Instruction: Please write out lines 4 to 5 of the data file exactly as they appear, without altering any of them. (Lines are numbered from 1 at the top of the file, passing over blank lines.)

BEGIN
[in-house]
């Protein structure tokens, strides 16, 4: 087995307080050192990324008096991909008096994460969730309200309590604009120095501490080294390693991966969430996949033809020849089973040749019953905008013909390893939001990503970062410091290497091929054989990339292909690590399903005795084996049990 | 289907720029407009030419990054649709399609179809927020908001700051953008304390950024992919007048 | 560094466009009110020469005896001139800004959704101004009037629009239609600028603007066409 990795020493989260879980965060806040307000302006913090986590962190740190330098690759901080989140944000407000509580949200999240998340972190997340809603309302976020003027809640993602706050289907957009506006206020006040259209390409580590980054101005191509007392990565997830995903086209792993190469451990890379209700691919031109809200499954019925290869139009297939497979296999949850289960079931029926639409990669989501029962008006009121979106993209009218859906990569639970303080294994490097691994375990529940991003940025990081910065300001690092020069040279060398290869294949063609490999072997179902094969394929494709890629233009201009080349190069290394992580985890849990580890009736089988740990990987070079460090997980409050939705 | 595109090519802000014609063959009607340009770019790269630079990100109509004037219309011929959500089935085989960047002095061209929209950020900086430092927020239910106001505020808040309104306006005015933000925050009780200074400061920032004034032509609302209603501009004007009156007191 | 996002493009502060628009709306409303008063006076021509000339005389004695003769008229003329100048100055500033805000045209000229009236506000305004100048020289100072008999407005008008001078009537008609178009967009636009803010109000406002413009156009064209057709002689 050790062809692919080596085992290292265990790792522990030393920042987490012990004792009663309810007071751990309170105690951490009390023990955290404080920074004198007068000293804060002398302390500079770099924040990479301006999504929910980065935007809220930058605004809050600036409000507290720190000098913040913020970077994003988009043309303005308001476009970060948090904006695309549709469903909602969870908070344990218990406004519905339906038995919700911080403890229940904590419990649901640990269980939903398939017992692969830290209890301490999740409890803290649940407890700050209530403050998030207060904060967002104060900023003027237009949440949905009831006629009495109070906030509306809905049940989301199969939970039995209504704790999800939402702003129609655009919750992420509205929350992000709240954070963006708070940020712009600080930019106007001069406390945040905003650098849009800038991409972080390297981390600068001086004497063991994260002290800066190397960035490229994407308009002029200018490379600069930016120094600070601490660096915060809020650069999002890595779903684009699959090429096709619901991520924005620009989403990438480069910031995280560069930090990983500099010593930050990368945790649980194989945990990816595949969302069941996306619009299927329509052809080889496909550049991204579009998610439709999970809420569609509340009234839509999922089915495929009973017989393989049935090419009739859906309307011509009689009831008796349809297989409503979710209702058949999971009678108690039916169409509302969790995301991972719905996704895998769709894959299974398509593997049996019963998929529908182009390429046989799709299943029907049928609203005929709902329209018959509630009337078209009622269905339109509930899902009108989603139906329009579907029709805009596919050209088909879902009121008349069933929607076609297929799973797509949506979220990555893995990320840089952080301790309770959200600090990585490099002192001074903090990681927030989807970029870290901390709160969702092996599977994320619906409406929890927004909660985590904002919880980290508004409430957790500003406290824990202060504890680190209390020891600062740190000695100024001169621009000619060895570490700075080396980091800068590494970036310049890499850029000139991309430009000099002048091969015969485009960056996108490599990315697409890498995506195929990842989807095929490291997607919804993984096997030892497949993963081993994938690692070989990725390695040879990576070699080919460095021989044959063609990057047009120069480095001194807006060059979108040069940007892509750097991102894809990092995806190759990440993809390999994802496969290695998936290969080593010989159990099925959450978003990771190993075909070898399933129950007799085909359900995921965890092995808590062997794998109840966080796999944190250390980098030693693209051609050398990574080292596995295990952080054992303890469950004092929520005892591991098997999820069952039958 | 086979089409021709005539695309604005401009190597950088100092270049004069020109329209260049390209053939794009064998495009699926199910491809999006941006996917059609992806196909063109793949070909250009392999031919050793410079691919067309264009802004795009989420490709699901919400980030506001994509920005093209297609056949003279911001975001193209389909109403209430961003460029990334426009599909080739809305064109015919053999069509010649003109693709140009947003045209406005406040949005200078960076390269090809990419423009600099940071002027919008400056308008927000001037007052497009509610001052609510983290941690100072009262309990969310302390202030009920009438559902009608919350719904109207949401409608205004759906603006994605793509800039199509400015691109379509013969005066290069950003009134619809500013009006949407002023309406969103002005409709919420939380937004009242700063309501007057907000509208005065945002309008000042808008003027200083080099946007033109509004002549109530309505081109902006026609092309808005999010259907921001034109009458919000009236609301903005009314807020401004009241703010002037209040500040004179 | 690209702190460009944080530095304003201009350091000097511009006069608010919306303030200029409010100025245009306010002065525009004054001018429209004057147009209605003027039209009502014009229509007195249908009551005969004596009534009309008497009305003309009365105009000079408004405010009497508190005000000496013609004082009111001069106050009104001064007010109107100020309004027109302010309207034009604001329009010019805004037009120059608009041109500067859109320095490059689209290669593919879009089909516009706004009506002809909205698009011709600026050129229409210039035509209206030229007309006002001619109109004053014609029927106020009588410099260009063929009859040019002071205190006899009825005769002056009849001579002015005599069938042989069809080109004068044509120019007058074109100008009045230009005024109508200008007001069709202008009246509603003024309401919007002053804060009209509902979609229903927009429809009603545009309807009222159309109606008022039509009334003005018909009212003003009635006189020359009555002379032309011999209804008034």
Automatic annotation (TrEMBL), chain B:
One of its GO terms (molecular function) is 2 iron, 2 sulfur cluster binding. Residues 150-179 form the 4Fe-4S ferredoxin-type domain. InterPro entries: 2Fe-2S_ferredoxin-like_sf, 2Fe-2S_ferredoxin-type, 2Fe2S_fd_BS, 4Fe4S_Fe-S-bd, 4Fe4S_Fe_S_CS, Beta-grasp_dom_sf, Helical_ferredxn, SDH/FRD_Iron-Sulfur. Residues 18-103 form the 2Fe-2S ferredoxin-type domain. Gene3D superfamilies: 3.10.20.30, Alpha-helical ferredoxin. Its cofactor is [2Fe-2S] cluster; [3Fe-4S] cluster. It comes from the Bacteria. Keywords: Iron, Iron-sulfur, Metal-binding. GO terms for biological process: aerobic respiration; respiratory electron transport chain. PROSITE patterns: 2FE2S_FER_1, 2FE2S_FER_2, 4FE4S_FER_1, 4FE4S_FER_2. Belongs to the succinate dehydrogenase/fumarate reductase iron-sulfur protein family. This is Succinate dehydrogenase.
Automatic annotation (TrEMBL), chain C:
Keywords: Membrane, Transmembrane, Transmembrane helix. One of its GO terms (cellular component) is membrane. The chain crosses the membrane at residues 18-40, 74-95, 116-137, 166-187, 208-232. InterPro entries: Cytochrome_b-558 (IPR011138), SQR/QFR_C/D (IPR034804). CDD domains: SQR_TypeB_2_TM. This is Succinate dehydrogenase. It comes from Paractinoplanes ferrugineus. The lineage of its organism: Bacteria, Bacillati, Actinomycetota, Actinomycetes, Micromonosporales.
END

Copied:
One of its GO terms (molecular function) is 2 iron, 2 sulfur cluster binding. Residues 150-179 form the 4Fe-4S ferredoxin-type domain. InterPro entries: 2Fe-2S_ferredoxin-like_sf, 2Fe-2S_ferredoxin-type, 2Fe2S_fd_BS, 4Fe4S_Fe-S-bd, 4Fe4S_Fe_S_CS, Beta-grasp_dom_sf, Helical_ferredxn, SDH/FRD_Iron-Sulfur. Residues 18-103 form the 2Fe-2S ferredoxin-type domain. Gene3D superfamilies: 3.10.20.30, Alpha-helical ferredoxin. Its cofactor is [2Fe-2S] cluster; [3Fe-4S] cluster. It comes from the Bacteria. Keywords: Iron, Iron-sulfur, Metal-binding. GO terms for biological process: aerobic respiration; respiratory electron transport chain. PROSITE patterns: 2FE2S_FER_1, 2FE2S_FER_2, 4FE4S_FER_1, 4FE4S_FER_2. Belongs to the succinate dehydrogenase/fumarate reductase iron-sulfur protein family. This is Succinate dehydrogenase.
Automatic annotation (TrEMBL), chain C: